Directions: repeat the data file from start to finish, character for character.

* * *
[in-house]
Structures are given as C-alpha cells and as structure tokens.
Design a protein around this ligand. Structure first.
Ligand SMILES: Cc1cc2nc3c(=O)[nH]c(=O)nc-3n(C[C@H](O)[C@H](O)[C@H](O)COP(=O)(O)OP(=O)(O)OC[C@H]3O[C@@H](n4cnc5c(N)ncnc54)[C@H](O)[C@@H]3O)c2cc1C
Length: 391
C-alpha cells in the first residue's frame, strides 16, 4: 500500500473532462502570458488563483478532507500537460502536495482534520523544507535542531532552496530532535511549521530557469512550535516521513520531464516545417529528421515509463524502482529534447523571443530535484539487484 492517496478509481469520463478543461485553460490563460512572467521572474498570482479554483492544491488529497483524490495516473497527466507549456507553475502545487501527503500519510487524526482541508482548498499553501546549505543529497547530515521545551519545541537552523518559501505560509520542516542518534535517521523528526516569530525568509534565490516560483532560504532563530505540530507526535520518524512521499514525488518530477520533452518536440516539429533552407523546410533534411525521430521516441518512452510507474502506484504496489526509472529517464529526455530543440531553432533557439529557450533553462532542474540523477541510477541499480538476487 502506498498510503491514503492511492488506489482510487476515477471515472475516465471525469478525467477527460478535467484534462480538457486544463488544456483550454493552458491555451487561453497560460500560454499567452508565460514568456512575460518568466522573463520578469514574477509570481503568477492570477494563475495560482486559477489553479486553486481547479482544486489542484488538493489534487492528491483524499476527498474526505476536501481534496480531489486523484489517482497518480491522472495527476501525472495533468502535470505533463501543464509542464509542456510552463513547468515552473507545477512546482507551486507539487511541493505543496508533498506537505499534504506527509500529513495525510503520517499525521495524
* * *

[in-house]
Structures are given as C-alpha cells and as structure tokens.
Design a protein around this ligand. Structure first.
Ligand SMILES: Cc1cc2nc3c(=O)[nH]c(=O)nc-3n(C[C@H](O)[C@H](O)[C@H](O)COP(=O)(O)OP(=O)(O)OC[C@H]3O[C@@H](n4cnc5c(N)ncnc54)[C@H](O)[C@@H]3O)c2cc1C
Length: 391
C-alpha cells in the first residue's frame, strides 16, 4: 500500500473532462502570458488563483478532507500537460502536495482534520523544507535542531532552496530532535511549521530557469512550535516521513520531464516545417529528421515509463524502482529534447523571443530535484539487484 492517496478509481469520463478543461485553460490563460512572467521572474498570482479554483492544491488529497483524490495516473497527466507549456507553475502545487501527503500519510487524526482541508482548498499553501546549505543529497547530515521545551519545541537552523518559501505560509520542516542518534535517521523528526516569530525568509534565490516560483532560504532563530505540530507526535520518524512521499514525488518530477520533452518536440516539429533552407523546410533534411525521430521516441518512452510507474502506484504496489526509472529517464529526455530543440531553432533557439529557450533553462532542474540523477541510477541499480538476487 502506498498510503491514503492511492488506489482510487476515477471515472475516465471525469478525467477527460478535467484534462480538457486544463488544456483550454493552458491555451487561453497560460500560454499567452508565460514568456512575460518568466522573463520578469514574477509570481503568477492570477494563475495560482486559477489553479486553486481547479482544486489542484488538493489534487492528491483524499476527498474526505476536501481534496480531489486523484489517482497518480491522472495527476501525472495533468502535470505533463501543464509542464509542456510552463513547468515552473507545477512546482507551486507539487511541493505543496508533498506537505499534504506527509500529513495525510503520517499525521495524